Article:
Understand that hybrid work is still evolving

When Jain asked his employees to return to the office three days a week, Glean suddenly found all meetings were scheduled on those days to increase collaboration, but that also led to quick office burnout. The leadership team then reconsidered what they wanted in-person days to look like and restructured them accordingly.

Trust your employees — but allow them parameters to succeed

The key to managing a mix of in-office and remote work is to encourage employees to instill discipline into their workdays at home. By adding some of the rigors of IRL to WFH, according to Jain, “they will continue to be productive and satisfied with their career goals.”

Three questions with Sandra Altiné, Meta vp of Workforce Diversity and Inclusion

How will having a distributed workforce help move the needle when it comes to improving the diversity of an organization’s workforce?

Our goal is to hire and keep the best talent, no matter where they’re working from. We’ve shifted our approach to work to a distributed-first model, and now approximately 75% of teams at Meta are working across multiple locations. Since 2020, we’ve been able to hire individuals who are fully remote and working from locations where we don’t have offices, increasing the diversity of our candidate pool and workforce. Over the past year, candidates who accepted remote job offers were more often from underrepresented groups. 

What can organizations do to help diverse candidates thrive once they get in the door?

Many corporate DEI initiatives focus on increasing the diversity of their teams without creating more inclusive work environments to sustain that diversity. We have made progress to ensure we are educating and giving managers and employees the tools to sustain and scale DEI efforts. We do this in a variety of ways. For example, we ensure new employees get training within their first 90 days to understand Meta’s DEI strategy and what’s expected. We also offer a Managing Inclusion course and a Be the Ally program that enables everyone to understand the importance of allyship. And we create an inclusive environment through employee resource groups, which ensure members of underrepresented communities have a voice, are heard and feel respected.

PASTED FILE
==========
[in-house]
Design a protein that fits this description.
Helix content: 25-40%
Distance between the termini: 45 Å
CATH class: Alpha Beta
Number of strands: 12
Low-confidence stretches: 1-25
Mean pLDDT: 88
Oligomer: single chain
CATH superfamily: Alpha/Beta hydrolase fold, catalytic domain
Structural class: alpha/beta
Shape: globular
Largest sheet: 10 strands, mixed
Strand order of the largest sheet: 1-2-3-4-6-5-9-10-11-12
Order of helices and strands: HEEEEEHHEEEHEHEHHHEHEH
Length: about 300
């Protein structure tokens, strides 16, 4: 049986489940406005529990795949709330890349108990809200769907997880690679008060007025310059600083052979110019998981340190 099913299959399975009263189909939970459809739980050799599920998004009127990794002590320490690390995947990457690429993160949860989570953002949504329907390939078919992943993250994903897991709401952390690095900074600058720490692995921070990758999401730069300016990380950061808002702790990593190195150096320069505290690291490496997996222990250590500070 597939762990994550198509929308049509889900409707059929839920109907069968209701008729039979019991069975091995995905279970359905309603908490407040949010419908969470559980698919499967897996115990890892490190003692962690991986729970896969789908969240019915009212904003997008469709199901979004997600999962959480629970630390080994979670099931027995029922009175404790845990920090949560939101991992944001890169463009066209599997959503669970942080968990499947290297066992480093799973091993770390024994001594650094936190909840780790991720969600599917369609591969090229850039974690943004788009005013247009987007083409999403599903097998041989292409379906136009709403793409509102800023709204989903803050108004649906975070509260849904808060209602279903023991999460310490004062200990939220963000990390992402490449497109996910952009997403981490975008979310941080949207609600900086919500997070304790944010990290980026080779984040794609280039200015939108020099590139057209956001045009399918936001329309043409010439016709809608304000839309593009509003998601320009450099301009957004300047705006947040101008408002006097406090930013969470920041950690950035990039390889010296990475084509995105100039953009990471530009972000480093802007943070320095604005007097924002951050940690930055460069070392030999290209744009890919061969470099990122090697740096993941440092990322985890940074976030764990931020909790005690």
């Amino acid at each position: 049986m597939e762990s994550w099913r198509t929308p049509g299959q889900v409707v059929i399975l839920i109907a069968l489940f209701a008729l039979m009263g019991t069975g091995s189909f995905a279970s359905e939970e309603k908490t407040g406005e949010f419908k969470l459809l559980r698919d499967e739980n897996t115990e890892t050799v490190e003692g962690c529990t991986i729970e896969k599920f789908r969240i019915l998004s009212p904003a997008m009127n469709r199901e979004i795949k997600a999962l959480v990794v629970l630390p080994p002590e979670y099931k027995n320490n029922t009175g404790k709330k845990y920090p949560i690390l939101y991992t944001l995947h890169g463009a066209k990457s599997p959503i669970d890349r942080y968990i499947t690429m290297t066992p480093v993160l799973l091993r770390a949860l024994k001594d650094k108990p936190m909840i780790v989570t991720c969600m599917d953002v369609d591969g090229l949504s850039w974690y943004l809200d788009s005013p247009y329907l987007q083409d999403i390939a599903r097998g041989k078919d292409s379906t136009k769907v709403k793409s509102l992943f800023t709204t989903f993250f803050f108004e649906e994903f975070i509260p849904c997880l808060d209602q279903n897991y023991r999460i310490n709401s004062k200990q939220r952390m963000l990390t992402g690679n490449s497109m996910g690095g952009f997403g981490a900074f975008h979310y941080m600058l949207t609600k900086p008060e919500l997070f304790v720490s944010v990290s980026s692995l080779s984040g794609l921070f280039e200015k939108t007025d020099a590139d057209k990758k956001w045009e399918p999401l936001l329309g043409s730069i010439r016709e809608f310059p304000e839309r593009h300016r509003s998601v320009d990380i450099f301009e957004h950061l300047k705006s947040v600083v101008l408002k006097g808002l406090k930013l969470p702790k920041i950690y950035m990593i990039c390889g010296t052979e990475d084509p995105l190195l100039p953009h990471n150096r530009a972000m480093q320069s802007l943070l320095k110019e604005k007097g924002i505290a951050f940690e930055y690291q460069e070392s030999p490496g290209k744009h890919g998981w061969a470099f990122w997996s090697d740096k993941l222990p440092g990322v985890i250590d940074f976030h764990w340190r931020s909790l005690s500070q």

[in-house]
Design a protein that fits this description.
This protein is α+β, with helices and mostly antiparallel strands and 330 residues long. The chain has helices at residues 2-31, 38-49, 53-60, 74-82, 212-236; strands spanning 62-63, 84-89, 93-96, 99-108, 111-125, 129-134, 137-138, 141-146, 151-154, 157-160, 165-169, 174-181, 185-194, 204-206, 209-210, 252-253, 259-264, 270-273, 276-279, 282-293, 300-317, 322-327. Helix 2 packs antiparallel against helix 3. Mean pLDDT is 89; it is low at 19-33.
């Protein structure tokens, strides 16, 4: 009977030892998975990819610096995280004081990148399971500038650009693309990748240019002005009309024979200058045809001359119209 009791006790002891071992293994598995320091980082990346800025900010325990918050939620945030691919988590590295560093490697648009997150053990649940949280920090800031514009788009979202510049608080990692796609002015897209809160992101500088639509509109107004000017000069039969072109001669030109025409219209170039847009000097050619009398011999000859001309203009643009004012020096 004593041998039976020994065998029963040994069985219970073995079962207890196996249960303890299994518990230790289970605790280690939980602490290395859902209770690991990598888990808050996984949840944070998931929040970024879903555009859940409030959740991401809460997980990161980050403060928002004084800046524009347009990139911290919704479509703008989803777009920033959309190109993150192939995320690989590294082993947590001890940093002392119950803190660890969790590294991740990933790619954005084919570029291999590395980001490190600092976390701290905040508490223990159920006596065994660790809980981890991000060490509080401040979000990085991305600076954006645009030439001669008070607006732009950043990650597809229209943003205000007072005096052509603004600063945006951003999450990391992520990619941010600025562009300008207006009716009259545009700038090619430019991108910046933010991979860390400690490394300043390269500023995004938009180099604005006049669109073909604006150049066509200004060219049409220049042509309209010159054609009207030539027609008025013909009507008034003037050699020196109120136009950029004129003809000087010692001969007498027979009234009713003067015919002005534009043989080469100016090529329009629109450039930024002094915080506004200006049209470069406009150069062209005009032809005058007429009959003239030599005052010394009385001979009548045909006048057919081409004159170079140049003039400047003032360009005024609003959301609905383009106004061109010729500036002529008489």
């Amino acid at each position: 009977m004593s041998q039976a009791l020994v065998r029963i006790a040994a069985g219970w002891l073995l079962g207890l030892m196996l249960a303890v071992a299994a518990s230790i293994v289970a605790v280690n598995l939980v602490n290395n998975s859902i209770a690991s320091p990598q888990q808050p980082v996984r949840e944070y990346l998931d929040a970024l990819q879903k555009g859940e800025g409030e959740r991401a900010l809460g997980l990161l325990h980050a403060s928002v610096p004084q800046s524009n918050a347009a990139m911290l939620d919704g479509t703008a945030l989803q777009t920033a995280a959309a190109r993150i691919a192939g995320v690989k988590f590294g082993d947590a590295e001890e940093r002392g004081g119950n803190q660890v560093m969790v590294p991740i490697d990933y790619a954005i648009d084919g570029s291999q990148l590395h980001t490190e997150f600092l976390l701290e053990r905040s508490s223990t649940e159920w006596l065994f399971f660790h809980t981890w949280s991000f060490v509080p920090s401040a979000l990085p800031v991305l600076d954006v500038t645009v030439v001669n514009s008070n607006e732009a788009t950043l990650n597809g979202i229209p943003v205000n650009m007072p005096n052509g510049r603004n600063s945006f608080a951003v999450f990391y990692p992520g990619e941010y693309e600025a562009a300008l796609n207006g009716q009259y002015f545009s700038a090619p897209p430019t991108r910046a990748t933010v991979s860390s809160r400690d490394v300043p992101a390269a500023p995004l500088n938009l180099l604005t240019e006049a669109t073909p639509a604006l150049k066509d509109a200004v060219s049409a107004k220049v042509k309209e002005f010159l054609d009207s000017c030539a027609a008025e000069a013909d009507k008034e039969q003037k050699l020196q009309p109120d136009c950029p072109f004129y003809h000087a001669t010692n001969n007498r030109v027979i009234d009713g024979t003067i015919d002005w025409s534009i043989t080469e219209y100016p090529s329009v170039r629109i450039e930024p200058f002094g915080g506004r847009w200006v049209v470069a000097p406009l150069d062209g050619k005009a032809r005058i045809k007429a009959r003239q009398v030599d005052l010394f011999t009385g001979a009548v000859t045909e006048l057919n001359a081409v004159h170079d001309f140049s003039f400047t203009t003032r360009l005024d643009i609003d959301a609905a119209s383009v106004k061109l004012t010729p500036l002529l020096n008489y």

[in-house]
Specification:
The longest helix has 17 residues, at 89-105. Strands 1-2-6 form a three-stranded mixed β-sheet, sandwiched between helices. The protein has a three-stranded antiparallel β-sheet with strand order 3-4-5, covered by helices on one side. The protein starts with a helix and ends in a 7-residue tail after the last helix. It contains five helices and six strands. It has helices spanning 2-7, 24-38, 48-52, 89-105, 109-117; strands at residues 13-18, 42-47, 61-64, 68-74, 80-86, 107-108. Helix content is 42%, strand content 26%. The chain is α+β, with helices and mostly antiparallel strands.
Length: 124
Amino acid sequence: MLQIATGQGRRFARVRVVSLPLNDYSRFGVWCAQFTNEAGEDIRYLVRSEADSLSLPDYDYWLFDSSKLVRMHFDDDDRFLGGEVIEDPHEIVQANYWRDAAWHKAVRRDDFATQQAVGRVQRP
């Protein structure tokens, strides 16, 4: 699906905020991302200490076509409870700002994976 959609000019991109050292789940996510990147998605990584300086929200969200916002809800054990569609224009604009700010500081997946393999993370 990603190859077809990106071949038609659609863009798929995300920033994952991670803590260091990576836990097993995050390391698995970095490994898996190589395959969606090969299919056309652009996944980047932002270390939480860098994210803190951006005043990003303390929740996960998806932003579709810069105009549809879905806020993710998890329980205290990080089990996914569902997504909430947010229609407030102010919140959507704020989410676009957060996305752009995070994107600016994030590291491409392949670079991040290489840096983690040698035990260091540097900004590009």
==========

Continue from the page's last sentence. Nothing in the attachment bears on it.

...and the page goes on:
What have you learned from your own experience mentoring diverse leaders?

Since my mentors have provided me with such critical guidance, I’ve pursued my own relationships with mentees and strive to connect, learn from and mentor leaders. Millennials have their own ideas, and their own way of doing things and pushing the status quo. Being exposed to and learning from different generations helps inspire me to be a more inclusive leader. That’s why I recently started a series where I interview millennial leaders to help breakdown stereotypes, discuss their experiences, and highlight lessons learned and useful advice. — Jessica Davies.

By the numbers

  • 43% of candidates have had their name mispronounced in a job interview, highlighting how many companies are failing to create a positive and inclusive interview experience. 
    [Source of data: Greenhouse report.]
  • 63% of European employees polled across 4,000 companies, said that they are less inclined to call in sick when working remotely or on a hybrid basis.
    [Source of data: SD Worx.]

What else we’ve covered

  • Employees posting on TikTok at work could be the best free marketing tool, but some companies want a more hands-on approach.
  • Social comparison can motivate us to work harder, but the question is if that’s always a good thing. Introducing: career milestone FOMO. 
  • Since the pandemic struck, professional coaches and psychologists have observed a marked uptick in those seeking help for imposter syndrome. 
  • Sponsorship is a growing movement that formally connects people in positions of authority with high-potential employees a few rungs lower on the corporate ladder. Many are favoring it over mentorship when boosting DEI efforts.
  • Employers are increasingly pulling out the stops to provide a wide range of mental health support that goes far beyond a wellness app subscription. But is it working?
  • Tulsa, Oklahoma is giving remote workers $10,000 for them to move to their city, as long as they stay for at least a year.
  • Employers are paying off their employee’s student loan debt and offering free higher education as a way to attract and retain talent.
  • Office phone booths have been reimagined as Zoom rooms, web rooms, focus rooms and chat rooms.

What we’re reading

  • CFOs believe hybrid work is a more affordable business model than fully in-office. [Fortune]
  • When it comes to the RTO tug of war, it looks like currently employers have the edge. [Forbes]